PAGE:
Media Coverage as a Catalyst for Economic Crises? Causes, Content and Consequences of Economic News Coverage
In the past few years, many European countries faced a severe economic crisis. While many aspects of this crisis have received ample academic attention, the role of the media has so far remained understudied. This project investigates (a) how the economic crisis is covered in media across Europe; (b) to what extent various key actors are able to influence this coverage and (c) what the impact of this coverage is on citizens, in terms of economic perceptions as well as voting preferences. It focuses specifically on how relationships are contingent upon the severity of the economic crisis. I hypothesize that the crisis offers opportunities for marginal actors with little resources to influence media coverage and increases media effects on the public.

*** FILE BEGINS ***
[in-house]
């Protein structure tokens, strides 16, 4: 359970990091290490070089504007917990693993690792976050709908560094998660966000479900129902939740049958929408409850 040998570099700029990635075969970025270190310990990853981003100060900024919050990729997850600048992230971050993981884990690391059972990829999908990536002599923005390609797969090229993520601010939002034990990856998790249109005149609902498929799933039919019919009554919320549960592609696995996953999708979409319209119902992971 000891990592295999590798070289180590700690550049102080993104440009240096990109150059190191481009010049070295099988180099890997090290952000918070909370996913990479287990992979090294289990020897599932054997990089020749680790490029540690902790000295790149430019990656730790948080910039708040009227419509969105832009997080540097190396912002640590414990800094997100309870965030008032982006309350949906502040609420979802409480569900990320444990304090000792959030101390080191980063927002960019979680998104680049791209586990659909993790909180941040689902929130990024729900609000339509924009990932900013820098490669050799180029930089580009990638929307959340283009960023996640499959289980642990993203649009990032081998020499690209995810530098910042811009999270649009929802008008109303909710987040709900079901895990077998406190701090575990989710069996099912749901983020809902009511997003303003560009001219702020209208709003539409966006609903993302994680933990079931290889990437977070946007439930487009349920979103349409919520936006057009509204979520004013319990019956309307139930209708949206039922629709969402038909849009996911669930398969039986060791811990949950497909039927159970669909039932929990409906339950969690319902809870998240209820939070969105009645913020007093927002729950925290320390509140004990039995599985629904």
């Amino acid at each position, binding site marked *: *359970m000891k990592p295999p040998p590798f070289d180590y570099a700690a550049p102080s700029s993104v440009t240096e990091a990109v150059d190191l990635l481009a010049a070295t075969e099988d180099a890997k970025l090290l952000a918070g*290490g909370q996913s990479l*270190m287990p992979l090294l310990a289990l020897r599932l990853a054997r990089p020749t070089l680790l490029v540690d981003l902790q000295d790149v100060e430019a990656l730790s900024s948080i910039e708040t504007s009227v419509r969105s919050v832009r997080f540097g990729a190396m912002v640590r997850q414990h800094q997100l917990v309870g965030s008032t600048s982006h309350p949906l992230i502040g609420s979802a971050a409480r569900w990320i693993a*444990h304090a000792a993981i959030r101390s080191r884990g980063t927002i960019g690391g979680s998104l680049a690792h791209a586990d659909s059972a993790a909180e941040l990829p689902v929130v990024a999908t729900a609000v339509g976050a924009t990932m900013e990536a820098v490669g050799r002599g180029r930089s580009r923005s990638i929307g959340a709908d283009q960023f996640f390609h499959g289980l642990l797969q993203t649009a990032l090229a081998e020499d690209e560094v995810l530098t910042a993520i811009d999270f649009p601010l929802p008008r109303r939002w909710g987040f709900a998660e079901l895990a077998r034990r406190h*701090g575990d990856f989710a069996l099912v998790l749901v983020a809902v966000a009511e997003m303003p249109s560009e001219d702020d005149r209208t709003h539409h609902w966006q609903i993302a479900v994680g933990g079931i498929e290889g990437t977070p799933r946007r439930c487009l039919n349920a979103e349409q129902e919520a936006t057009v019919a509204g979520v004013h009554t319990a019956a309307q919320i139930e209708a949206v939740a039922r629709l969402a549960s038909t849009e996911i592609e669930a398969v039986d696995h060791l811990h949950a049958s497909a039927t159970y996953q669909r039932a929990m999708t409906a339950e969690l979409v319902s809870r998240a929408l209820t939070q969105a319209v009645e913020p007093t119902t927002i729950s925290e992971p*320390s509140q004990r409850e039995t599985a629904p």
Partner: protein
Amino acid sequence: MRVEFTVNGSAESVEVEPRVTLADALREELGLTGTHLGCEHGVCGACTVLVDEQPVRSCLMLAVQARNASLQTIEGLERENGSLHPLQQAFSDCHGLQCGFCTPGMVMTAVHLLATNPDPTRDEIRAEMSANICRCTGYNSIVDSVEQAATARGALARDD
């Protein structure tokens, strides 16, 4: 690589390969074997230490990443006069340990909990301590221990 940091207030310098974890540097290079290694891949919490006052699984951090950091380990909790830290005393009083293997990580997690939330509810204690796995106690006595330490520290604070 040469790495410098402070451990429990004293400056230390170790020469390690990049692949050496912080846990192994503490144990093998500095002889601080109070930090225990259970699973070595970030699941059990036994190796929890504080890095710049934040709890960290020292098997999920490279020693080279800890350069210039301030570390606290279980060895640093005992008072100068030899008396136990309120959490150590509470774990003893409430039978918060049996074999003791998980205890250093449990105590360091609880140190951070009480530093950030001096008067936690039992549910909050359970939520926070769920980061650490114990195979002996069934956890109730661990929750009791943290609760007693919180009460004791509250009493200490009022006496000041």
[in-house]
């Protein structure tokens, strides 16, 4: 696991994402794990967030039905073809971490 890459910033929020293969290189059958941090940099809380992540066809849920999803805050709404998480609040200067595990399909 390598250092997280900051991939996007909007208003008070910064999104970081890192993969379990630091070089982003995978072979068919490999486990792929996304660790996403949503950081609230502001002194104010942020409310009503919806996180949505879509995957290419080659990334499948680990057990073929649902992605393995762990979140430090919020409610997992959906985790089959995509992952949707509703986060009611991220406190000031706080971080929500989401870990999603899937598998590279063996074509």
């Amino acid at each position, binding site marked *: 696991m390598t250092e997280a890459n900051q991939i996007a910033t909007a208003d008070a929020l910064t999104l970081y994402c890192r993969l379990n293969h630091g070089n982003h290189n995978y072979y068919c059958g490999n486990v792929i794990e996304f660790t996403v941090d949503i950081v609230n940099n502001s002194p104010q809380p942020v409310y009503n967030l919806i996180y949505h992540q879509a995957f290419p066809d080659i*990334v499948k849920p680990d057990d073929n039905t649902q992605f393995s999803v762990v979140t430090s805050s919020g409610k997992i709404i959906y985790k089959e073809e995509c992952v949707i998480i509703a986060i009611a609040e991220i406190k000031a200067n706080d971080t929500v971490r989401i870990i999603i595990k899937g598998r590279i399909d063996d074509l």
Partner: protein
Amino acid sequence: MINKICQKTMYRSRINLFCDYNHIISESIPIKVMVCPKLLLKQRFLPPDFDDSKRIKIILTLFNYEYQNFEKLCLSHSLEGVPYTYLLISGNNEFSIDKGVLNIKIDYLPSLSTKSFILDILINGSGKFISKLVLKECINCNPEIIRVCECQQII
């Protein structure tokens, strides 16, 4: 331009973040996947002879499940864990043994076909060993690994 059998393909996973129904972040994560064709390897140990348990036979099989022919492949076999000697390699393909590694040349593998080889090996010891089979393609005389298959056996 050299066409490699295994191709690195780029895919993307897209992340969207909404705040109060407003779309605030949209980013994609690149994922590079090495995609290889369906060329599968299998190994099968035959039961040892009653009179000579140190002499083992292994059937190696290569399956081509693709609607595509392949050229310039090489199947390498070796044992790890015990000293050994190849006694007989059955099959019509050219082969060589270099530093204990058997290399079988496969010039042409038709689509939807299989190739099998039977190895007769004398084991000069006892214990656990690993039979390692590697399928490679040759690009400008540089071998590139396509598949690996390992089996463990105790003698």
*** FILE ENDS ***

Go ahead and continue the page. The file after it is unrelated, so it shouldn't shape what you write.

The project relies on large-scale content analyses of media coverage and communication by political actors (both nationally and internationally), social movements, businesses, experts and regulatory authorities, as well as existing and new survey research.
Three sub-projects are conducted: they include a cross-national, longitudinal study into the interaction between political actors (parliamentary questions and communication by EU actors and IMF), media coverage and consumer confidence; a more detailed analysis of the Dutch context focusing on a wide range of actors trying to influence the news; and finally a three-wave panel study and content analysis to assess media effects on the individual level.